Remember in my last post when I talked about video games as an example of economic inefficency created by proprietary software, because they duplicate so much effort? I've actually been thinking about that idea a lot, for a long time. More specifically I've been thinking about it in terms of the technology; the graphics engines etc. Studios are constantly competing to best eachother in graphics, and they end up creating more or less the same product; most games are about on a level. The competition is clearly driving some innovation, but the fact that they can't build on eachother's work means a lot of wasted effort to maintain what tends to look like a stalemate from without. It's not a terribly gross example of IP going haywire; again, the innovation is getting driven, but open source has been very good at cutting out this kind of inefficiency, for better or worse.

I guess what I'm trying to say is I'm writing a video game engine.

Meet Luftballons.

There's more than a few open video game engines out there. It's probably fair to ask why write another one. To be fair, the eventual scope of Luftballons is to be much more than an engine; I'd like to build an entire suite of open source game development tools that will allow users to develop games from start to finish (there's some proprietary things like this already, but for paranoia's sake I'm not mentioning them). I could build that around another engine, and of the other options out there I'd say I probably looked closest at the nominally successful Ogre3d, but after reading that it did not intend to support deferred rendering pipelines, I decided to sniff around elsewhere. Eventually I conceptualized something unique enough that I felt it was worth striking out on my own.

Luftballons is basically an experiment in how much difficulty I can remove from the OpenGL API without removing any significant functionality. I chose to aggressively target modern OpenGL (somewhat tempered by Mesa only just barely implementing OpenGL 3 on most hardware), and build a framework that would cater to most of the use cases in question, but be dramatically less intricate than OpenGL. The trick is in considering what the OpenGL API can do, but abstracting away the how; removing all the tiny decisions around order of operations and allocation methods and whether to use instanced geometry, etc. The theory is that we can expose a simpler API that is feature-competitive with the raw drawing API if we don't worry about performance and just assume the most obvious way to draw is fine for everyone. The much more exciting theory is that we can then teach the implementation to be clever and do the optimization behind the scenes without hassling the user with more details. More importantly, a simple API is inherently more future-proof, as new OpenGL features just mean small API extensions or improvements to that under-the-hood optimization.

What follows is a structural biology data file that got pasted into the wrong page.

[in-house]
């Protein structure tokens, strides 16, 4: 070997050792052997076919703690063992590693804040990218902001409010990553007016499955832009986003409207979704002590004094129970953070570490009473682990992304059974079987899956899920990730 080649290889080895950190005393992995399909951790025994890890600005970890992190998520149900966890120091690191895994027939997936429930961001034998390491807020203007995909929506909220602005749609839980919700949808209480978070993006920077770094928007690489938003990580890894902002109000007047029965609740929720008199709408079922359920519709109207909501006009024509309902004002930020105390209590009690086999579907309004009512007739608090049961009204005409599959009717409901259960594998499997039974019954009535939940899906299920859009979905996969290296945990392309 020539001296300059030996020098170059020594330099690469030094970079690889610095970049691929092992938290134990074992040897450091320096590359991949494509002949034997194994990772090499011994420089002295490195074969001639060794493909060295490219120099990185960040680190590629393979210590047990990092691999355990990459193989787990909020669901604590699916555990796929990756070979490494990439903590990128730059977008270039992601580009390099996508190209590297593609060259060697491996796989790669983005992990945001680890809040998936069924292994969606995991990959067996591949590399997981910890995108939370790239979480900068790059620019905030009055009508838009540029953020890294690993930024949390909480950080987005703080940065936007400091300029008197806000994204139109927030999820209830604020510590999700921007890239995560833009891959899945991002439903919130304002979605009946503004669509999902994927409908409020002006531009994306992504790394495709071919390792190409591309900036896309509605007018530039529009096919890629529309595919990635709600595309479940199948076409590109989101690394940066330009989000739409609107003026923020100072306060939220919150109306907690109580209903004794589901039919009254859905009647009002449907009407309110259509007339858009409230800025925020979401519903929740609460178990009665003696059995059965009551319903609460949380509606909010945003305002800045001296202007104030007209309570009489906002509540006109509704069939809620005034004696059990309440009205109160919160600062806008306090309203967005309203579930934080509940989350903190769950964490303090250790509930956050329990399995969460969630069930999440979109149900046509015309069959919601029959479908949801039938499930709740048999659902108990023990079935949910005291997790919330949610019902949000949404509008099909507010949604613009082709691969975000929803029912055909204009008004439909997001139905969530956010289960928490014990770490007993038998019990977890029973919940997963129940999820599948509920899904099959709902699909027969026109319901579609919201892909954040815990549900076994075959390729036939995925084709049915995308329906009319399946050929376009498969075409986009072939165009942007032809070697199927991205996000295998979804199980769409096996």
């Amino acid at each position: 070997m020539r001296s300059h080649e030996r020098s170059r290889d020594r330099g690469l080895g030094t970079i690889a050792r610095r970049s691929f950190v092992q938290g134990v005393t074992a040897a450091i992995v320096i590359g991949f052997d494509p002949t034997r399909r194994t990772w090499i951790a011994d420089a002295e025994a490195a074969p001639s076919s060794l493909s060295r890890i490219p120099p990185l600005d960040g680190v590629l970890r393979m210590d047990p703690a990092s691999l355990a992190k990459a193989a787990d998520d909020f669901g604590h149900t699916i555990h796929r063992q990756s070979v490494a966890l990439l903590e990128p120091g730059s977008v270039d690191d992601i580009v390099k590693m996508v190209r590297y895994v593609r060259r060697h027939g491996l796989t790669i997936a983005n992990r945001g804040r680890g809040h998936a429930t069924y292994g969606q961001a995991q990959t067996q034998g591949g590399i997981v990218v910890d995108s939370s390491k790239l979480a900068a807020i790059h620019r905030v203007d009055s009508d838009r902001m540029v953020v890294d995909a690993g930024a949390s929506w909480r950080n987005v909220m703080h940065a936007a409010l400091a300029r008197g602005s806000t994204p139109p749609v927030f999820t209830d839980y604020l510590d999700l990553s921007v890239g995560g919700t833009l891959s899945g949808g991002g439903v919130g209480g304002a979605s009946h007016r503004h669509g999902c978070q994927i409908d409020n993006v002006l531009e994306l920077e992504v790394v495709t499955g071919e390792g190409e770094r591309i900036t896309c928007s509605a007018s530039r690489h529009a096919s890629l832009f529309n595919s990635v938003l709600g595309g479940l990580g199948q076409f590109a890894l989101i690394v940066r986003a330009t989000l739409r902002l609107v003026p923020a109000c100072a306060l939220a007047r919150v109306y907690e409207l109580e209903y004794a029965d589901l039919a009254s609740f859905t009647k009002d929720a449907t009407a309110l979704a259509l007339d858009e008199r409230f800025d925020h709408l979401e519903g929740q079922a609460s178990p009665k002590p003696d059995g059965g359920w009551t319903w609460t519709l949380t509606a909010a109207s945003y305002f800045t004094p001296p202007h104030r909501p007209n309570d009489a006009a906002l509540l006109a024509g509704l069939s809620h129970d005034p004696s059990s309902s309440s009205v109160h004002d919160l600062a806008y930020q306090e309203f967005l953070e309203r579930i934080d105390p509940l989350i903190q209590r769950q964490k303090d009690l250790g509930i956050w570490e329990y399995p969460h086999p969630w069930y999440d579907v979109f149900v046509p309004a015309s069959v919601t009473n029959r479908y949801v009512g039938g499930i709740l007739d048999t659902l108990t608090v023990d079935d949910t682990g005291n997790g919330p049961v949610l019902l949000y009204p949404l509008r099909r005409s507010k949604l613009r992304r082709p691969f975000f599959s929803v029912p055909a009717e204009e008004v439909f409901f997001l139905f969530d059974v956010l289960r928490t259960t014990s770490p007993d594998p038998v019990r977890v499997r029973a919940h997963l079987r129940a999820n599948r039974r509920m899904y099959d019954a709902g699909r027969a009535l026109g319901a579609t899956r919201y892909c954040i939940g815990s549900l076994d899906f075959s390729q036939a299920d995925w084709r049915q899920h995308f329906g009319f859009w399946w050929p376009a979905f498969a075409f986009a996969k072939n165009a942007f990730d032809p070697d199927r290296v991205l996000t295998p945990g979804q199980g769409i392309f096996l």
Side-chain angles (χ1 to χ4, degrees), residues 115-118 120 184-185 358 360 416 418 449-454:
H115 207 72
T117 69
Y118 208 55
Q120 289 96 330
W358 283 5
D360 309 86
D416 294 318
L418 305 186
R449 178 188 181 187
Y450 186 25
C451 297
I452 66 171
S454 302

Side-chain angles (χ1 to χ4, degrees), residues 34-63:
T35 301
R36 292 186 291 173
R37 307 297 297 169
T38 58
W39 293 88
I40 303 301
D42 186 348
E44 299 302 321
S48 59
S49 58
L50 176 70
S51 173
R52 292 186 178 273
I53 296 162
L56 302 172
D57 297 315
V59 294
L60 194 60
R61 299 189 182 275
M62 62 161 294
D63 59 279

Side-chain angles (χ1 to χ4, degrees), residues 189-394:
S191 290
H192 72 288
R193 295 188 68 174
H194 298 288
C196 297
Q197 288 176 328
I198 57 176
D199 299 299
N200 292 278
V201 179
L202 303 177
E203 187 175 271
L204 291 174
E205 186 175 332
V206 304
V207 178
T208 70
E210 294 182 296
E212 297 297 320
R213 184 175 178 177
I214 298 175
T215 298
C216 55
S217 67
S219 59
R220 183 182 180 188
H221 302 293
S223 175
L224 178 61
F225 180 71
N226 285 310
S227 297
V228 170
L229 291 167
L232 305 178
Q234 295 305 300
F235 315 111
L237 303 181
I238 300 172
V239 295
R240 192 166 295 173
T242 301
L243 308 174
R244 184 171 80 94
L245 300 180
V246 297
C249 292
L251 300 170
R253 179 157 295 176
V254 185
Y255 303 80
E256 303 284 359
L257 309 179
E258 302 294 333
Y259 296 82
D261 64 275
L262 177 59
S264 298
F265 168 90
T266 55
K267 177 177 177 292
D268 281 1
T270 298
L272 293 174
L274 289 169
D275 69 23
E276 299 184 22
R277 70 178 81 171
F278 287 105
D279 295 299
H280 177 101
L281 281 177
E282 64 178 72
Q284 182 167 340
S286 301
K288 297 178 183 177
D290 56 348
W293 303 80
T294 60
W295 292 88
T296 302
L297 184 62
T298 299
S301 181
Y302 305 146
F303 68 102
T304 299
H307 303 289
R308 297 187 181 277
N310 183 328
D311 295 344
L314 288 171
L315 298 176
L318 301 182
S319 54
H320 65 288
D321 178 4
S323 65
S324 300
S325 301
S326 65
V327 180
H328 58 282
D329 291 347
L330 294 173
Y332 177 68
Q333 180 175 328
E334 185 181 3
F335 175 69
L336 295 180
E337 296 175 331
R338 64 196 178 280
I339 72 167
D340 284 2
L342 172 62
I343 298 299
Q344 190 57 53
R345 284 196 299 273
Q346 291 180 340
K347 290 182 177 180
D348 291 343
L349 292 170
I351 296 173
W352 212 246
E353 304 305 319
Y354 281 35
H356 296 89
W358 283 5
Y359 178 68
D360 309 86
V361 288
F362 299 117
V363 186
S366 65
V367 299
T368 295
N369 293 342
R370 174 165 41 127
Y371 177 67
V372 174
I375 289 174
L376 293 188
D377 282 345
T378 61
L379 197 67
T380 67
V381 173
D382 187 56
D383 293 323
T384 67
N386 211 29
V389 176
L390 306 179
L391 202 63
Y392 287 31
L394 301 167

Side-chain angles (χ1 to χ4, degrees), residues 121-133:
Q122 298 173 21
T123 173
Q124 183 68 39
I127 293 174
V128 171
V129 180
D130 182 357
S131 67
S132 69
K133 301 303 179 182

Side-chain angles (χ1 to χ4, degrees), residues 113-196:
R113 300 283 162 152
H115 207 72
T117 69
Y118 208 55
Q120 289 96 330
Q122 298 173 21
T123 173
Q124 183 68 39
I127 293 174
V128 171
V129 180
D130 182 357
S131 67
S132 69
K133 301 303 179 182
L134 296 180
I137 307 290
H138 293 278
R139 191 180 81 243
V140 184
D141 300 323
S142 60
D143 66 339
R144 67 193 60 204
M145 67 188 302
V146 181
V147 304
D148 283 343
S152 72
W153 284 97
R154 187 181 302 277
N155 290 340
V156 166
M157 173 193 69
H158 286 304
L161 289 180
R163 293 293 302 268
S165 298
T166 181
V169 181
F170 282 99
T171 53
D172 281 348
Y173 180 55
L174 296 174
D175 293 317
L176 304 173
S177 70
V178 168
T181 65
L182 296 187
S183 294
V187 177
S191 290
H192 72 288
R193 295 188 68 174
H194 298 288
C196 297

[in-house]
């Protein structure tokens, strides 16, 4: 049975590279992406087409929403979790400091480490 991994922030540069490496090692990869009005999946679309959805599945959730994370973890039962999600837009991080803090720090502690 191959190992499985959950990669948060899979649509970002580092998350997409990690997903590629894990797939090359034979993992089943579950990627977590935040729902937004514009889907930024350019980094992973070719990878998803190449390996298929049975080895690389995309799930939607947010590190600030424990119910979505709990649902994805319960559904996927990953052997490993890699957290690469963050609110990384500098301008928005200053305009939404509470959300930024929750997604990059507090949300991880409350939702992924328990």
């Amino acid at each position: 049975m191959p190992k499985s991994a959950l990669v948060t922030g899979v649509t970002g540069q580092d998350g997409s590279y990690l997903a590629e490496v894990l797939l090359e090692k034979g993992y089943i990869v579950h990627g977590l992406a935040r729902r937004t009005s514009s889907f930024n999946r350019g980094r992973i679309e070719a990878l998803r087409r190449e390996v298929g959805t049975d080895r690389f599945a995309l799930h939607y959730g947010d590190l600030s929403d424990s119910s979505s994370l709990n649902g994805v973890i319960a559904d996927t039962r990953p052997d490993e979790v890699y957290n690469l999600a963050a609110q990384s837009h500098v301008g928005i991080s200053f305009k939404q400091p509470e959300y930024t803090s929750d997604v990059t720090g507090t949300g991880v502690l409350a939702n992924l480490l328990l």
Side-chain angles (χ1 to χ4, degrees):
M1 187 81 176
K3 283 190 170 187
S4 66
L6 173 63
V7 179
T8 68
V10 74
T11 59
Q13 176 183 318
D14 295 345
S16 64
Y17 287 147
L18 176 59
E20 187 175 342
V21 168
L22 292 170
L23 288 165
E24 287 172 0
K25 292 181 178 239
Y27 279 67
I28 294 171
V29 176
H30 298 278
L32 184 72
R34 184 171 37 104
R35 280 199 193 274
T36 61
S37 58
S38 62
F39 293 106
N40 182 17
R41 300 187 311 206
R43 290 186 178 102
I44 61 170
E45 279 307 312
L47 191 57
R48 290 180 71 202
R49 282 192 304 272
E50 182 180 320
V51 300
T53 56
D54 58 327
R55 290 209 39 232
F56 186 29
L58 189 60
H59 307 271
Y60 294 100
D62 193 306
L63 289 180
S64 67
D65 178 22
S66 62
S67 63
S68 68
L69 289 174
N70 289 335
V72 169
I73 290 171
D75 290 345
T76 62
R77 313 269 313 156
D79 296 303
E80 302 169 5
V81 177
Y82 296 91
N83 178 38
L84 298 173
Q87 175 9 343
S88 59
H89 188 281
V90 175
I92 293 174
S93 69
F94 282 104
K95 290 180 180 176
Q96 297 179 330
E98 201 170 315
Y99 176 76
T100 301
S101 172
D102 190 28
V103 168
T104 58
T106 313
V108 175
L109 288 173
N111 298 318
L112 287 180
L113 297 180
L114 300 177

There's obviously a lot more to do, as well as some cleanup on what I already have (hand-rolling makefiles is great! I've only done it for one project and already my hatred of Automake is completely gone! (seriously, early adopters, I swear it will be in autotools within a week. Promise.)) but I have high hopes. Absorbing that inefficiency I mentioned means creating a ubiquitous open source game development platform. Whether it is this project or something else that does it, I'm hoping to one day reach a point where building a new game without using the most common open game engine is as absurd as building a new embedded platform without using the Linux kernel.

In the meantime, who wants to play with GLSL?